Today's stock market
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Oil exploration and production stocks fell today; the SPDR S&P Oil & Gas Exploration & Production ETF (NYSEMKT:XOP) tumbled 3.5%. Utilities continued their recent positive performance, with the Utilities Select SPDR ETF (NYSEMKT:XLU) up 0.5%.
Tesla's still on a roll
Tesla reported its progress on the production ramp of the Model 3 and sales of its older models in its second-quarter earnings yesterday after market close. The company delivered the first units of its mass-market Model 3 on schedule last week and reiterated previously announced plans to produce 1,500 vehicles in Q3 and achieve production of 5,000 vehicles per week by the end of the year. Shares finished the day with 6.5% gain.
Observers had grown concerned that the arrival of the Model 3 would dampen demand for the higher-priced Model S and Model X, but so far, those worries seem to be unfounded. The order rates for those two models were 15% higher in July than the average for Q2, leading the company to predict higher deliveries in the second half versus the first, despite taking over 1,800 net new reservations per day for the Model 3.
Revenue was up 120% to $2.79 billion on a 53% increase in vehicle deliveries and the addition of SolarCity sales from the merger last year, compared with a consensus expectation of $2.51 billion. Tesla posted an adjusted loss per share of $1.33, while analysts were expecting a $1.83-per-share loss. Tesla has $3 billion in cash on hand and spent $1.5 billion on capital expenditures in the first half.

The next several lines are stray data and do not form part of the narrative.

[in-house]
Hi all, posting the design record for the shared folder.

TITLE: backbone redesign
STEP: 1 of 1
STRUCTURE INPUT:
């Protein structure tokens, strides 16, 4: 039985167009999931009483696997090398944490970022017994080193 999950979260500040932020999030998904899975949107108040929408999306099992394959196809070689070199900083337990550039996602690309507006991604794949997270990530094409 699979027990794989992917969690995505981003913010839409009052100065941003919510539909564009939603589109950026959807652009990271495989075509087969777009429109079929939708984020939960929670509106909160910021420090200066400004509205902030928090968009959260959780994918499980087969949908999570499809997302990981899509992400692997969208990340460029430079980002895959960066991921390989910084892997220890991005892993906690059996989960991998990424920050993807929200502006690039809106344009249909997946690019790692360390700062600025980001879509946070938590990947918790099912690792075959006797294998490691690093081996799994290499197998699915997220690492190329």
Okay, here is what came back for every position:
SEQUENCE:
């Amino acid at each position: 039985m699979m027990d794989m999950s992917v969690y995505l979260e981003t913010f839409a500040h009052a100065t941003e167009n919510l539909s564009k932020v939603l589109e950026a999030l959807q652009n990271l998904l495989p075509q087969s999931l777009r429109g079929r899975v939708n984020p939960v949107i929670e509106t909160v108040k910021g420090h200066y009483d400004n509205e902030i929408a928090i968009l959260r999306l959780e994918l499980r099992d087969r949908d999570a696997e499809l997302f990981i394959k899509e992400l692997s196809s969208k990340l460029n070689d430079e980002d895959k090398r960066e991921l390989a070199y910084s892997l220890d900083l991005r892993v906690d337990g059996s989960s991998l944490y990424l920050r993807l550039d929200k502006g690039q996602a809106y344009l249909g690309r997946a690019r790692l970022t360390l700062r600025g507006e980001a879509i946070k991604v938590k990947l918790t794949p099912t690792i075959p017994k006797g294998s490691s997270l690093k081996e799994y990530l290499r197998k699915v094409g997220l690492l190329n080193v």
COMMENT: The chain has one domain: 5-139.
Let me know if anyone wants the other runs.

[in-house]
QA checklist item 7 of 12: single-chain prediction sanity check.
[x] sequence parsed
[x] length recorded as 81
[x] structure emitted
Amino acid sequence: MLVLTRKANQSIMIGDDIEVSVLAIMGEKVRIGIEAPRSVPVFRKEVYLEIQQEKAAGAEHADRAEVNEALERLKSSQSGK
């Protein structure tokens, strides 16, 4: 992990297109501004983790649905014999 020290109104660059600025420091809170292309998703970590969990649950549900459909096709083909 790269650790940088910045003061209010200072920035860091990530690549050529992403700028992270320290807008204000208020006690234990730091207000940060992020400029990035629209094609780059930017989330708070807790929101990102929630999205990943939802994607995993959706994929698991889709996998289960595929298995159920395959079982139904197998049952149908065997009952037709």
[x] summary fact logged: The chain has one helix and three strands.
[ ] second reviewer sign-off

The company highlighted the start of deliveries of its Solar Roof energy-generating roof tiles, but investor attention is focused on the ramp of the Model 3 and the cash needed to accomplish it. Tesla also teased about its next vehicle, ending the report by saying, "We remain confident in our plans and look forward to the upcoming unveiling of the next exciting addition to our portfolio of electric vehicles -- Semi Truck."
A bitter pill for Teva shareholders
Generic-drug maker Teva Pharmaceuticals reported second-quarter revenue and earnings that missed expectations and heightened worries about falling prices for its drugs in the U.S. Revenue was up 13% from last year to $5.69 billion, but non-GAAP earnings per share fell 18% to $1.02. Analysts were expecting the company to earn $1.06 per share on sales of $5.72 billion. As a result, shares plummeted 24%.
Teva singled out performance in the U.S. generics business as a source of concern. Interim CEO Dr. Yitzhak Peterburg said in the press release: "In our U.S. Generics business, we experienced accelerated price erosion and decreased volume mainly due to customer consolidation, greater competition as a result of an increase in generic drug approvals by the U.S. FDA, and some new product launches that were either delayed or subjected to more competition."
Gross profit margin for the generics segment fell from 44.9% to 42.8% since last year. U.S. sales of Copaxone -- Teva's biggest-selling non-generic drug -- declined 12% on negative net pricing effects. The company lowered its guidance for full year, now forecasting non-GAAP EPS of $4.30 to $4.50, as compared to guidance that was reaffirmed three months ago of $4.90 to $5.30. Teva also cut its dividend 75% to 8.5 cents, adding to shareholders' woes.